The film is heightened by excellent performances.  So much so I don’t how Ben Pratt wouldn’t be nominated for an Oscar.  His facial expressions, body movements and ticks are right on target.  I worked for Upjohn Health Care and was assigned to care for various persons diagnosed with different conditions.  Believe me, his performance is on target; amazingly so. 

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There has been a lot of negative reactions posted, and written about this film.  Mostly from those who are comparing it to the stage version, and their disappointment.  To them I say, “Grow up.”  As stated in this piece, that is something that happens.  

In truth the music, and songs in the film are just “okay”.  There are only perhaps 3 that are above average.  Then again written by the persons who wrote LA LA LAND, a musical with actors that can’t sing - what can I say.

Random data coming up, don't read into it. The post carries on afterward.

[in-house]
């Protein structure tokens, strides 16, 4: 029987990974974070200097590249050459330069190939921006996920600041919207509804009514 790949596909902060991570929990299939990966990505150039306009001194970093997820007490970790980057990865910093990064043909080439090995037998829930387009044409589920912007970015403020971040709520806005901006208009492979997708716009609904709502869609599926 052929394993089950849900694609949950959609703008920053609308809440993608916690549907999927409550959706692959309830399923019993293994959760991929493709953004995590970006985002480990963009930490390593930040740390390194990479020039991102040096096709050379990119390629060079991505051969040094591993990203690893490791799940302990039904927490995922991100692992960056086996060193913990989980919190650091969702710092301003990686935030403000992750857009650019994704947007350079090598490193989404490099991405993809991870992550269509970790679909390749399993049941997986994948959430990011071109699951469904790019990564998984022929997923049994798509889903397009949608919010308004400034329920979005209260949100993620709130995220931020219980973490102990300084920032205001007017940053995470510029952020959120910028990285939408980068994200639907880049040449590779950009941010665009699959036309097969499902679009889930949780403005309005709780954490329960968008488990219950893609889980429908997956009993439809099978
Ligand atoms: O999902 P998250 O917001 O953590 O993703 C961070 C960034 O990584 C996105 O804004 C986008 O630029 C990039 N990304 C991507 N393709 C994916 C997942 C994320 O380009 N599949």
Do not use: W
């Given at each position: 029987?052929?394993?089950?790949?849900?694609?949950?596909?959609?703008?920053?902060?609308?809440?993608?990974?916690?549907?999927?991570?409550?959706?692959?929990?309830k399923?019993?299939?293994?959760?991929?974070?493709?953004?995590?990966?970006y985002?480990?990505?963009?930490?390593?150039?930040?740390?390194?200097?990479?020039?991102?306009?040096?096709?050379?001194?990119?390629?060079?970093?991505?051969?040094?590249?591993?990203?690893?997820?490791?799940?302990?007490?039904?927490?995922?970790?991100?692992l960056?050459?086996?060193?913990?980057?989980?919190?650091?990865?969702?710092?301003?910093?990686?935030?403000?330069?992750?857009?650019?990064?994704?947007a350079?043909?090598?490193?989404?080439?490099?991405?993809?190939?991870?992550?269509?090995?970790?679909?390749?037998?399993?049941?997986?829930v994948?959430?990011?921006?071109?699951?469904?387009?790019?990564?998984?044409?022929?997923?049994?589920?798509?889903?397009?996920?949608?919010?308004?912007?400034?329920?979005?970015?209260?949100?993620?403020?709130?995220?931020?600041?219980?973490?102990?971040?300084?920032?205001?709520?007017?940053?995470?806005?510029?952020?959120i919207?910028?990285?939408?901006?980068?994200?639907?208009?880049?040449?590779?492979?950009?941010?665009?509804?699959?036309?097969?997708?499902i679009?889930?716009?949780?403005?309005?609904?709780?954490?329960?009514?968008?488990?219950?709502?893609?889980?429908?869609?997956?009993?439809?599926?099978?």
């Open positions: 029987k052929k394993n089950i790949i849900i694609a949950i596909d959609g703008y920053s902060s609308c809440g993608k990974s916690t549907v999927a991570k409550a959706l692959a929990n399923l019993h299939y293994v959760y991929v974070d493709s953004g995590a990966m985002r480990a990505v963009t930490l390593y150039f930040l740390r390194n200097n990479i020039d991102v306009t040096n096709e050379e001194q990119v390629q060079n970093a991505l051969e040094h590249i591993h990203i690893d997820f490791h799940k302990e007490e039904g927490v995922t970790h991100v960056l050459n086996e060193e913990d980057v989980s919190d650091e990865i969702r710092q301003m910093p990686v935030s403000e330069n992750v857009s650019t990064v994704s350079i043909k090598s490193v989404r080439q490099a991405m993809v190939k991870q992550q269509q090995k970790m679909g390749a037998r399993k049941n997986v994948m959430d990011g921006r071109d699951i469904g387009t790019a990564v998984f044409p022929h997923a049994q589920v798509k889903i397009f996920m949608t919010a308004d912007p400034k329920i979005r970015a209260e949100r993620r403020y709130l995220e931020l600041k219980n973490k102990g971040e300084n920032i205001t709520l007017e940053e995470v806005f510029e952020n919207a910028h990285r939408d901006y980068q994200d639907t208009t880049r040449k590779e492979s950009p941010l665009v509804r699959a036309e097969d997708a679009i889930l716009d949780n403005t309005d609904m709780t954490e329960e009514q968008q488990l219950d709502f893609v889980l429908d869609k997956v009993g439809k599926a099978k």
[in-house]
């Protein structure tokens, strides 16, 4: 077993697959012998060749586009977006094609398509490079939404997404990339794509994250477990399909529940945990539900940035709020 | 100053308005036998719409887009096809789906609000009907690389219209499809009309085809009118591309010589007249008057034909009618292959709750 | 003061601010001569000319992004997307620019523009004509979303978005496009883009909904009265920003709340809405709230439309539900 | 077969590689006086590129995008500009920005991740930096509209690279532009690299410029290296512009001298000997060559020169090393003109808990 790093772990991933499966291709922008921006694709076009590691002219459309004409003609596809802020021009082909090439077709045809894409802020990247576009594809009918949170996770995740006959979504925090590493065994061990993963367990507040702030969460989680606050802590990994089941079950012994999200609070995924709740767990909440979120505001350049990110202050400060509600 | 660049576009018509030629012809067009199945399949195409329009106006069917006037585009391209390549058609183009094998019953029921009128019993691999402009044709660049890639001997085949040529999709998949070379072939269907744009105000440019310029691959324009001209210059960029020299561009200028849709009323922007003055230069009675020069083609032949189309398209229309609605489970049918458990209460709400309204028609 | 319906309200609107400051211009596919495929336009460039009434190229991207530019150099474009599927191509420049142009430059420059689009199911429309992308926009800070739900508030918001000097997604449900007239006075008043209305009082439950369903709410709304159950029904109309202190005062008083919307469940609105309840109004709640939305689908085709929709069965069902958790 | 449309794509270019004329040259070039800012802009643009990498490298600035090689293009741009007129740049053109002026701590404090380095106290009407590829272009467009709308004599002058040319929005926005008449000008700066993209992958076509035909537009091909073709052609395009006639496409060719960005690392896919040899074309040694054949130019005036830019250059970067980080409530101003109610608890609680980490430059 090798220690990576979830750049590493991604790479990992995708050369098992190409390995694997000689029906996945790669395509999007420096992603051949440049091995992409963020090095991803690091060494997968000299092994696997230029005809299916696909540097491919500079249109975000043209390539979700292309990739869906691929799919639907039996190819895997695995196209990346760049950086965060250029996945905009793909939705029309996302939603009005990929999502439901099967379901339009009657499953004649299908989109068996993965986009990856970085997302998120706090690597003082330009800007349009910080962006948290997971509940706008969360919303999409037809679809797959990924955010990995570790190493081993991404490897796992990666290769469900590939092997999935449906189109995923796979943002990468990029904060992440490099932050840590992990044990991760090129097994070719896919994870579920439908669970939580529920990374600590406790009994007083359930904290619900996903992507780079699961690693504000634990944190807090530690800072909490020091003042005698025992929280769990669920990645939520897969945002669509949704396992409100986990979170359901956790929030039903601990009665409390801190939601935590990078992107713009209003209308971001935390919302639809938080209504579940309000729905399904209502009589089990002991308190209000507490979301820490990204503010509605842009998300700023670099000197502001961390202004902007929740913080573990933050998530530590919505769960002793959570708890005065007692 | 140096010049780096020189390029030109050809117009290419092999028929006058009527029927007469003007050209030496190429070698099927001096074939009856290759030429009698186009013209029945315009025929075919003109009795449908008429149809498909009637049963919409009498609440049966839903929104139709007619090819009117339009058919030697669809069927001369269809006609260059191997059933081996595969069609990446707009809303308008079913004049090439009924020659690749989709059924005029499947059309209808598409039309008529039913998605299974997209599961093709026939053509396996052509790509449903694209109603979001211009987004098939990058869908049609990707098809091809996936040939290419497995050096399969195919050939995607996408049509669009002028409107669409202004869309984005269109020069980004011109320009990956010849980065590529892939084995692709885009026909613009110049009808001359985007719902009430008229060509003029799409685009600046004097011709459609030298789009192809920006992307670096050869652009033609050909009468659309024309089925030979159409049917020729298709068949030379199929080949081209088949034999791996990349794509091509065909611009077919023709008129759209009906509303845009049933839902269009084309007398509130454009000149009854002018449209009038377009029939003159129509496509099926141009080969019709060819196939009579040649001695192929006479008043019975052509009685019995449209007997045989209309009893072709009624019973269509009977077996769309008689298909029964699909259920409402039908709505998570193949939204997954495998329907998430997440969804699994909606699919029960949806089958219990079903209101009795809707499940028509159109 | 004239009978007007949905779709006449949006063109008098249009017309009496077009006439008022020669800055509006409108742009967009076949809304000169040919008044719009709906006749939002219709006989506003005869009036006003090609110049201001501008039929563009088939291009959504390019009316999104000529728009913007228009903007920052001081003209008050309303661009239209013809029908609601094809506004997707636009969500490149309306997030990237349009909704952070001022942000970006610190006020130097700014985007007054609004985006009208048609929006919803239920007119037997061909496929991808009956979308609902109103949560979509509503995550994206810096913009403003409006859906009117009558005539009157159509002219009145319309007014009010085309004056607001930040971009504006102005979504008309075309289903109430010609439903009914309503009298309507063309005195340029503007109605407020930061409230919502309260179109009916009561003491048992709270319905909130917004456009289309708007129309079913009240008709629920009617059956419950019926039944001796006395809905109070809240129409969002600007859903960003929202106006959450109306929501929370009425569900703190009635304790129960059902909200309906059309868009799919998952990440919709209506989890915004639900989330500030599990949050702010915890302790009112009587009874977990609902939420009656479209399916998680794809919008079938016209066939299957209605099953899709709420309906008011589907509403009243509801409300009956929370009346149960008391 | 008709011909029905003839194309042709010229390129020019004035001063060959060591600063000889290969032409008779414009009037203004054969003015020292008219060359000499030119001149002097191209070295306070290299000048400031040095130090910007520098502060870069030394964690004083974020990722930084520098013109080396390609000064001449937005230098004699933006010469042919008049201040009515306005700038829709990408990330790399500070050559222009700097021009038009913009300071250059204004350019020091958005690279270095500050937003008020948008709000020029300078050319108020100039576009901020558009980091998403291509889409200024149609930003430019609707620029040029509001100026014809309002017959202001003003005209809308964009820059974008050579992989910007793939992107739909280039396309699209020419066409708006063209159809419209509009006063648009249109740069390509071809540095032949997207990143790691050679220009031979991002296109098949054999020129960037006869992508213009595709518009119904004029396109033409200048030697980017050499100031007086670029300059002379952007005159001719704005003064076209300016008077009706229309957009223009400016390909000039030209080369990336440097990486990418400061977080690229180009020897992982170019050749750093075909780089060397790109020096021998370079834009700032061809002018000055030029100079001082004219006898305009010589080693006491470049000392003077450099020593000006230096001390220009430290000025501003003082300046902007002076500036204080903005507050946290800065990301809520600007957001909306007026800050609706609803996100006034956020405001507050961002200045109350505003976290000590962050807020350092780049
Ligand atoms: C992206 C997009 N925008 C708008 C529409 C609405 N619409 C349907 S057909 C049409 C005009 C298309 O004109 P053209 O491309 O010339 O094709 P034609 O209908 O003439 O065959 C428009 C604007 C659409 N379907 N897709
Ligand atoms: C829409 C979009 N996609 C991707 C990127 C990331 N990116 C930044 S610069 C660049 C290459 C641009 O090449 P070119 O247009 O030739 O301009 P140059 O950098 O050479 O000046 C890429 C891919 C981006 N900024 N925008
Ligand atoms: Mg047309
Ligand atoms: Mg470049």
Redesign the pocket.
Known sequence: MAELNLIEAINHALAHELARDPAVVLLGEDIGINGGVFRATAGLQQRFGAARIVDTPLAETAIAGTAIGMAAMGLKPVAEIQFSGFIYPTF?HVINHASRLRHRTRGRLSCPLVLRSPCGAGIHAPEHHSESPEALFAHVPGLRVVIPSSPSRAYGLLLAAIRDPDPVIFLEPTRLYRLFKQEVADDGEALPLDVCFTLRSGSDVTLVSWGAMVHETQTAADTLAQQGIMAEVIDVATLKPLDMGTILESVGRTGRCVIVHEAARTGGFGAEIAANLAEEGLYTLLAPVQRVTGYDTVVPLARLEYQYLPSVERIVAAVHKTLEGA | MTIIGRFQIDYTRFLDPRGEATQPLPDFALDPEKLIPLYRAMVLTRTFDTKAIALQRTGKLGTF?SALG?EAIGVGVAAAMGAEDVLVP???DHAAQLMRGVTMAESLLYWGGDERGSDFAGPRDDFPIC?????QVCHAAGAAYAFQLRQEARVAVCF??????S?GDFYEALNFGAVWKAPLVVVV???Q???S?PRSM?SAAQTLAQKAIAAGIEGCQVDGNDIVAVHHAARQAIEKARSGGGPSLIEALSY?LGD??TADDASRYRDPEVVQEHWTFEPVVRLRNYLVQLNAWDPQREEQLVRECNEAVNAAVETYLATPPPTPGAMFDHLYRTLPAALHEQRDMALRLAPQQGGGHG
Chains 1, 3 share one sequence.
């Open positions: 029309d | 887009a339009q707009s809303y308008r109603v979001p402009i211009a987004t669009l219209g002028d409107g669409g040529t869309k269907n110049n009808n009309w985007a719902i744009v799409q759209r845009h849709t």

The condemnation of this film for the reasons stated seem to be uttered by people very much like some of the characters in this film.  Unfortunate.  In an age where almost everyone has “something wrong” with them I find it not just disgusting, but unsettling that this film is being put down for portraying  a story in which viewers are asked to read between the lines to get meaning.  It is as if those complaining have Asperger’s Syndrome and can’t/won’t accept changes.  An interesting comparison since Evan in the film sings, “Waving through a Window” with life going on around him, completely disconnected.  He can almost be autistic, stating what’s in his head yet unable to vocalize it.  Sad.

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Forget the posted poison, and hurtful things you may have heard/seen.  Take the time to watch the film and see for yourself.  It very much worth it, and it hold an emotional experience.  This is why it is a pearl.

I hope very much, this film can be found.